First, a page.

With so many absurd reality shows at our fingertips, we expected The CW's musical chairs-based reality competition to be delightfully stupid. Instead, Oh Sit!, hosted by Jamie Kennedy and Jessi Cruickshank and developed by Phil Gurin (the brains behind Shark Tank and The Singing Bee), is more boring than anything else. Sure, it's great that the show clearly doesn't take itself seriously and doesn't blatantly promote sexism like the equally mindless The Choice, but at the end of the day, Sit! is more of a sub-par Wipeout rip-off.
You've got to hand it to The CW: they know how to really keep an upfront moving. From kicking it off with a performance by Flo Rida to just jumping right in to a preview of their most interesting new series, Arrow, it flew by faster than any other network presentation this week. Sure, they spent time discussing social media and whatnot, but it was all broken up by on-stage appearances by the very beautiful people who are on their shows. And hey, most of their upcoming shows look watchable, if not legitimately entertaining, and since they're recycling a ton of their talent (and in some cases, characters), we feel like we know these programs already.
When Ringer debuted earlier this week, it was clear that the show doesn't exactly fit The CW brand, mostly it's targeted at grown-up viewers and features some actual grown-up actors, with only one spoiled rotten teen in sight. It also lacked several other key elements that we've come to expect from The CW. Fortunately for the network, their other scripted series debuting this week, The Secret Circle, is pretty much the most CW-ish show we've ever seen. Here's why:
The CW usually has the most energetic upfront of them all each May, and while I was a bit concerned about this year's new location (Jazz at Lincoln Center), the presentation began with the band LMFAO singing "Party Rock Anthem" while members of America's Best Dance Crew alums Quest Crew (including Hok!) did their B-Boy thing on stage. Once they shuffled off, outgoing CW president Dawn Ostroff introduced the very attractive casts of all of the network's shows, forcing them to engage in awkward banter on stage - a tried-and-true CW upfront tradition (I certainly hope that her successor Mark Pedowitz continues it next time). But the Good Sport of the Week Award goes to sales exec Rob Tuck, who came out wearing both a gold lamé jacket and the cardboard robot head from LMFAO's performance. Finally, after some hype about CWingo (a new Facebook bingo game) and the obligatory joke about Ian Somerhalder's bite being worse than his bark, we finally saw clips from the new line-up.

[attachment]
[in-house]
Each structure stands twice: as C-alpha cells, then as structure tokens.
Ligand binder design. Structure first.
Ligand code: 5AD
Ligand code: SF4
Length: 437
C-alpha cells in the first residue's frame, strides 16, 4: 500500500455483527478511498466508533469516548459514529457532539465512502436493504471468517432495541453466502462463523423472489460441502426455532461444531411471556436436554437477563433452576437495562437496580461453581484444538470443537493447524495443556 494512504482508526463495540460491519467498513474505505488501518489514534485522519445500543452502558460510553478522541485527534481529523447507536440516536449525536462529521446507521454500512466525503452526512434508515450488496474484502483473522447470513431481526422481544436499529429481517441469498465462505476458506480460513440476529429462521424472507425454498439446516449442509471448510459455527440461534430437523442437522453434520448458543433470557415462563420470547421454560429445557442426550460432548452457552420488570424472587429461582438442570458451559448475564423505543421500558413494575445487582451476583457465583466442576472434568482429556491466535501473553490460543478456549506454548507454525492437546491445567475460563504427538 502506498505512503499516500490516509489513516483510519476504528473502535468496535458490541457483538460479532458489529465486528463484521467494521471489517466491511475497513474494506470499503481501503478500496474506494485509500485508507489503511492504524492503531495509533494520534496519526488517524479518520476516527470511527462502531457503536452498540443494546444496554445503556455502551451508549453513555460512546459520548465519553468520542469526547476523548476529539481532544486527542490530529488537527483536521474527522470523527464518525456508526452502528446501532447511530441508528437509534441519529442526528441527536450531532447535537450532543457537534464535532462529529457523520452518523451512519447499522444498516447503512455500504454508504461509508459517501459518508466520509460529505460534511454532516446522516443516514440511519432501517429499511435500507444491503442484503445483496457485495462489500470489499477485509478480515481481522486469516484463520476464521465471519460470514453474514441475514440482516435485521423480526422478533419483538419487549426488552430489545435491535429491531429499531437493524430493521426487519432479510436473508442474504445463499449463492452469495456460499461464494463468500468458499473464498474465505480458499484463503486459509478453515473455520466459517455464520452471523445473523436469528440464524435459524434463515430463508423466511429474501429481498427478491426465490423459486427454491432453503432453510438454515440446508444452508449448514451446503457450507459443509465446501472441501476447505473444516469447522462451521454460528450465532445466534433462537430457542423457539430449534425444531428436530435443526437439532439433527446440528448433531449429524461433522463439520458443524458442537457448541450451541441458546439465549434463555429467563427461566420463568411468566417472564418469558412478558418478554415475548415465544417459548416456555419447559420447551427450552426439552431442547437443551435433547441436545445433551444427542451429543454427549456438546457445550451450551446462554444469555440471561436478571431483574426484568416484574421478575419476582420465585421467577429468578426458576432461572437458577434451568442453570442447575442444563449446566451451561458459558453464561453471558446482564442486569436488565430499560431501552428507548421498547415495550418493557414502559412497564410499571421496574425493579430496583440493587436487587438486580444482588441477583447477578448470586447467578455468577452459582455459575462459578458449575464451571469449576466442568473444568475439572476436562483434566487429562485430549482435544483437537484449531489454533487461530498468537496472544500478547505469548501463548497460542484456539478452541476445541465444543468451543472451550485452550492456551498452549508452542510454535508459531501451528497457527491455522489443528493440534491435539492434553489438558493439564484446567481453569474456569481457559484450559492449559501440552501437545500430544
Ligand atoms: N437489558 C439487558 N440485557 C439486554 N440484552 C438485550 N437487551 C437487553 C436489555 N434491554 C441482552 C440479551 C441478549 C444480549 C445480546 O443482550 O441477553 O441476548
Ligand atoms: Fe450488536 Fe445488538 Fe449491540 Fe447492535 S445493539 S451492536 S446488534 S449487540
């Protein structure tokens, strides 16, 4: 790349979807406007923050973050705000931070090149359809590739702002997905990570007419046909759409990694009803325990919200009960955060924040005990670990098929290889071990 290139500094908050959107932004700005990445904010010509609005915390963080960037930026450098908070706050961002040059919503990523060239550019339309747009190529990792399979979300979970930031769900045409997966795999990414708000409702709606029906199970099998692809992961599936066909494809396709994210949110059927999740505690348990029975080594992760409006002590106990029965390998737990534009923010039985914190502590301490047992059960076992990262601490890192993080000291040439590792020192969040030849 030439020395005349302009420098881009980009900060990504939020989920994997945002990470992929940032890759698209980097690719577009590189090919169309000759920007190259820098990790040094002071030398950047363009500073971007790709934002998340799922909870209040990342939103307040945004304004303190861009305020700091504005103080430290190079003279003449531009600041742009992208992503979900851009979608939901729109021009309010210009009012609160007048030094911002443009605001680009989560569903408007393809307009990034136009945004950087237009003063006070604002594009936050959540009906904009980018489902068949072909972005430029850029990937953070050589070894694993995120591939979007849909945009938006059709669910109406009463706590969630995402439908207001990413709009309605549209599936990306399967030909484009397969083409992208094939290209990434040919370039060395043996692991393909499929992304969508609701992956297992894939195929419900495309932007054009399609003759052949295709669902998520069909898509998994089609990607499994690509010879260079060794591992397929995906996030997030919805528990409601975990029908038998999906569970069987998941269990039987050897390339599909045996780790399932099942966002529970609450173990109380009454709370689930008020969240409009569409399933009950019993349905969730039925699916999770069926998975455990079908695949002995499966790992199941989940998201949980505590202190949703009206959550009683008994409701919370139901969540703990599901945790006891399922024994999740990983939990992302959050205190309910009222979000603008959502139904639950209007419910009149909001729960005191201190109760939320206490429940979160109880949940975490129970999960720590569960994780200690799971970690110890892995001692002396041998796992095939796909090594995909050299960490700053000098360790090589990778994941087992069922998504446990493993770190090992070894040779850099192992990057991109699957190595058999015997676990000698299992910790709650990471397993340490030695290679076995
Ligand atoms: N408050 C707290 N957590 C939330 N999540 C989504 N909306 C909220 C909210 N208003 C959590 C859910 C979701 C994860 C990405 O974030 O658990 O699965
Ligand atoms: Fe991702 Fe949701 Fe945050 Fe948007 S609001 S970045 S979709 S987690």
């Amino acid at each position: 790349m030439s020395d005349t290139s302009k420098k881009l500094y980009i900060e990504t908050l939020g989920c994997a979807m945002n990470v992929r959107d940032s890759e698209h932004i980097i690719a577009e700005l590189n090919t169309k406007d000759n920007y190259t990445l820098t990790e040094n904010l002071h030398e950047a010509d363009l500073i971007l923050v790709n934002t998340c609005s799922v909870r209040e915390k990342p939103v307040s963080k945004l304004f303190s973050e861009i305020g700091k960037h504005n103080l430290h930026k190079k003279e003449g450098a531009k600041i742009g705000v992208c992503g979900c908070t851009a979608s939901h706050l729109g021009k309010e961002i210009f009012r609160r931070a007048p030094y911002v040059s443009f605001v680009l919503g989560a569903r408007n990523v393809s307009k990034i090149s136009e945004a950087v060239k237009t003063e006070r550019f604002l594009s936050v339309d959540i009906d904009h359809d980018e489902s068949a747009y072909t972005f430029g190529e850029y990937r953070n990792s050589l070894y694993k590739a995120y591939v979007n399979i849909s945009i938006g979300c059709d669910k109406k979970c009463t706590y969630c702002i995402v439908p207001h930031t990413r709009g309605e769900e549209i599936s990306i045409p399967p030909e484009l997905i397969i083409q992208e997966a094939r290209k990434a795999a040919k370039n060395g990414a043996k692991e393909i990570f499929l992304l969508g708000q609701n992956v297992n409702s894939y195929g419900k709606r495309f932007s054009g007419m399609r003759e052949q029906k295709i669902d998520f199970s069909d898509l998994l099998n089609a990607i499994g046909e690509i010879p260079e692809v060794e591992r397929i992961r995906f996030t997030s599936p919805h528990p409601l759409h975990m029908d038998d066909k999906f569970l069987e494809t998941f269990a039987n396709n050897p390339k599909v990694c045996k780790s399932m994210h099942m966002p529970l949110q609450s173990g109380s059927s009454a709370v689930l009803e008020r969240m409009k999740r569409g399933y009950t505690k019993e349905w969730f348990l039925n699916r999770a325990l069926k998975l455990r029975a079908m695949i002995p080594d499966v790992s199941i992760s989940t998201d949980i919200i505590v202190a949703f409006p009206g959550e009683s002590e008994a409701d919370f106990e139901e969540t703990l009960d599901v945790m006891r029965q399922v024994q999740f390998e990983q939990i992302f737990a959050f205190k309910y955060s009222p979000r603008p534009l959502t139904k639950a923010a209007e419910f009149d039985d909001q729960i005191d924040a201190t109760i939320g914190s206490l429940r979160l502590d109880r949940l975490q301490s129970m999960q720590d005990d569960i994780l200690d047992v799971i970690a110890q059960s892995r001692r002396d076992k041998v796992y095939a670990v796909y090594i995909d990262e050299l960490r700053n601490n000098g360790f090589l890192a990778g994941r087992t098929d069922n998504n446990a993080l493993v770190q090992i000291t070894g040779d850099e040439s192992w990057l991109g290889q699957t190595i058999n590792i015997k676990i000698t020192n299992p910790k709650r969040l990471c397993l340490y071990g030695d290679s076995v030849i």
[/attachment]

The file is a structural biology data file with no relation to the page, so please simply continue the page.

It was hard to concentrate at The CW's 2010-11 upfront presentation because I was still riding high from the news that next year will be the final season of Smallville and and that One Tree Hill and Life Unexpected will move to Tuesdays, which means that I can ignore the network entirely on that evening. I was jolted out of my reverie by Katy Perry on stage, screaming about being hot and cold and daisy dukes and whatnot. Glad I perked up, though, because it was just in time to see her wig nearly slip off. I also got to check out her signature "dance" move: inching her skirt up while walking. You don't see technique like that on So You Think You Can Dance, that's for sure. As for the actual upfront, it was short and to the point, marred only by some awkward banter between stars of different shows airing on the same nights (Chace Crawford and AnneLynne McCord should never have to read live from a Teleprompter ever again). As for The CW's two new fall shows... well, at least they have pretty people in them.
At the Television Critics Association summer press tour, The CW honcho Dawn Ostroff recently told reporters that they were considering remaking more classic shows. Well, given how terrible 90210 and the one episode of Melrose Place I've seen are, that seems like a horrible idea. Still, if they're going to go ahead with this, there are plenty of short-lived or underrated shows from the great (and greatly missed) WB network that could make The CW much better than it's been in its short history, and they can do it without ruining our somewhat fond memories of shows like Dawson's, Everwood or Gilmore Girls.
The final upfront of this nutty week was actually the fastest. Thanks to The CW for having an audience with a short attention span and realizing that long strings of numbers were meaningless. There was a DJ booth and they provided snacks (some nuts and an apple). Promising start.
"The CW and our studio partner CBS Paramount Network Television have made the strategic marketing decision not to screen "90210" for any media in advance of its premiere. We're not hiding anything - simply keeping a lid on 90210 until 9.02, riding the curiosity and anticipation into premiere night, and letting all our constituents see it at the same time."
Even if you looooved Beverly Hills 90210, do you really want to see a remake/spinoff/continuation? Even if it has Shannen and Tori in it? Especially if it has Shannen and Tori in it?
And though tons of viewers now loooove Gossip Girl, do we really need a new ditto show about spoiled rich kids in fab fashions getting all angst-y, only this time in sunny Palm Beach, Florida?
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